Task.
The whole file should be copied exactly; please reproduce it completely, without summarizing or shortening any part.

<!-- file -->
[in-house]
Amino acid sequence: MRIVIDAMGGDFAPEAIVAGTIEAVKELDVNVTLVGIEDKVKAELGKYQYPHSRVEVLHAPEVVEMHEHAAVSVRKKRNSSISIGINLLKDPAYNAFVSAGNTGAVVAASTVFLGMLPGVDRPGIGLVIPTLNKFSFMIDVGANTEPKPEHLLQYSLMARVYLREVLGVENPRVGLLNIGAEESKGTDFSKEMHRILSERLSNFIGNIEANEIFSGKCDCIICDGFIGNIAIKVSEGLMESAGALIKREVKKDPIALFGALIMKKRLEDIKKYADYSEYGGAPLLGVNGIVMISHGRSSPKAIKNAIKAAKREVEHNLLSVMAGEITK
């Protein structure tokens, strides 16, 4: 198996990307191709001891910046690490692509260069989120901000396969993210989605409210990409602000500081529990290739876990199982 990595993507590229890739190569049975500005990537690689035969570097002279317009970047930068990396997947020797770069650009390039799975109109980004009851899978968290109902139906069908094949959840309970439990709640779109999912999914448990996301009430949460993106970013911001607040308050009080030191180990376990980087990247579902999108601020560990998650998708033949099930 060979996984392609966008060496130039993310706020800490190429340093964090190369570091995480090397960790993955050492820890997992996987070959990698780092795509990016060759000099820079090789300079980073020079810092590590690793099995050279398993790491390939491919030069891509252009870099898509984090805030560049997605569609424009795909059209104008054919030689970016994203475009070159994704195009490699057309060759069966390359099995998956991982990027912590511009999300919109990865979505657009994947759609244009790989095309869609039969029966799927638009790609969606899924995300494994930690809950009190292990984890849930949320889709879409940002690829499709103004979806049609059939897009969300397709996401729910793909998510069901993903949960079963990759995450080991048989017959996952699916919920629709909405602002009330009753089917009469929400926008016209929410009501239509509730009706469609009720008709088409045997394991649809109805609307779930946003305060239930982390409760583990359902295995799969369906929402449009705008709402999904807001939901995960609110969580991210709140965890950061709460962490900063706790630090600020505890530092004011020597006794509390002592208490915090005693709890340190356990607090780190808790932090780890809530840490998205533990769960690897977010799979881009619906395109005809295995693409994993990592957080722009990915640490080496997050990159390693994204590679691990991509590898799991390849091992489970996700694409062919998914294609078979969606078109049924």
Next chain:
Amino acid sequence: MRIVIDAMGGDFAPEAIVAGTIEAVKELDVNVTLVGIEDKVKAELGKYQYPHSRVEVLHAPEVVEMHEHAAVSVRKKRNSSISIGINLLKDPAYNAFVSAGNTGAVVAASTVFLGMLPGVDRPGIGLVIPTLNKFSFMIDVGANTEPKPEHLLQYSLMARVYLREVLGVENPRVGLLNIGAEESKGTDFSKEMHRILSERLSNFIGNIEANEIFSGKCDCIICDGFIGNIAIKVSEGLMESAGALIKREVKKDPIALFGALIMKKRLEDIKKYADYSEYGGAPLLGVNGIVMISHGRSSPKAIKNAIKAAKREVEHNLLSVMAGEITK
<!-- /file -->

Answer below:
[in-house]
Amino acid sequence: MRIVIDAMGGDFAPEAIVAGTIEAVKELDVNVTLVGIEDKVKAELGKYQYPHSRVEVLHAPEVVEMHEHAAVSVRKKRNSSISIGINLLKDPAYNAFVSAGNTGAVVAASTVFLGMLPGVDRPGIGLVIPTLNKFSFMIDVGANTEPKPEHLLQYSLMARVYLREVLGVENPRVGLLNIGAEESKGTDFSKEMHRILSERLSNFIGNIEANEIFSGKCDCIICDGFIGNIAIKVSEGLMESAGALIKREVKKDPIALFGALIMKKRLEDIKKYADYSEYGGAPLLGVNGIVMISHGRSSPKAIKNAIKAAKREVEHNLLSVMAGEITK
């Protein structure tokens, strides 16, 4: 198996990307191709001891910046690490692509260069989120901000396969993210989605409210990409602000500081529990290739876990199982 990595993507590229890739190569049975500005990537690689035969570097002279317009970047930068990396997947020797770069650009390039799975109109980004009851899978968290109902139906069908094949959840309970439990709640779109999912999914448990996301009430949460993106970013911001607040308050009080030191180990376990980087990247579902999108601020560990998650998708033949099930 060979996984392609966008060496130039993310706020800490190429340093964090190369570091995480090397960790993955050492820890997992996987070959990698780092795509990016060759000099820079090789300079980073020079810092590590690793099995050279398993790491390939491919030069891509252009870099898509984090805030560049997605569609424009795909059209104008054919030689970016994203475009070159994704195009490699057309060759069966390359099995998956991982990027912590511009999300919109990865979505657009994947759609244009790989095309869609039969029966799927638009790609969606899924995300494994930690809950009190292990984890849930949320889709879409940002690829499709103004979806049609059939897009969300397709996401729910793909998510069901993903949960079963990759995450080991048989017959996952699916919920629709909405602002009330009753089917009469929400926008016209929410009501239509509730009706469609009720008709088409045997394991649809109805609307779930946003305060239930982390409760583990359902295995799969369906929402449009705008709402999904807001939901995960609110969580991210709140965890950061709460962490900063706790630090600020505890530092004011020597006794509390002592208490915090005693709890340190356990607090780190808790932090780890809530840490998205533990769960690897977010799979881009619906395109005809295995693409994993990592957080722009990915640490080496997050990159390693994204590679691990991509590898799991390849091992489970996700694409062919998914294609078979969606078109049924």
Next chain:
Amino acid sequence: MRIVIDAMGGDFAPEAIVAGTIEAVKELDVNVTLVGIEDKVKAELGKYQYPHSRVEVLHAPEVVEMHEHAAVSVRKKRNSSISIGINLLKDPAYNAFVSAGNTGAVVAASTVFLGMLPGVDRPGIGLVIPTLNKFSFMIDVGANTEPKPEHLLQYSLMARVYLREVLGVENPRVGLLNIGAEESKGTDFSKEMHRILSERLSNFIGNIEANEIFSGKCDCIICDGFIGNIAIKVSEGLMESAGALIKREVKKDPIALFGALIMKKRLEDIKKYADYSEYGGAPLLGVNGIVMISHGRSSPKAIKNAIKAAKREVEHNLLSVMAGEITK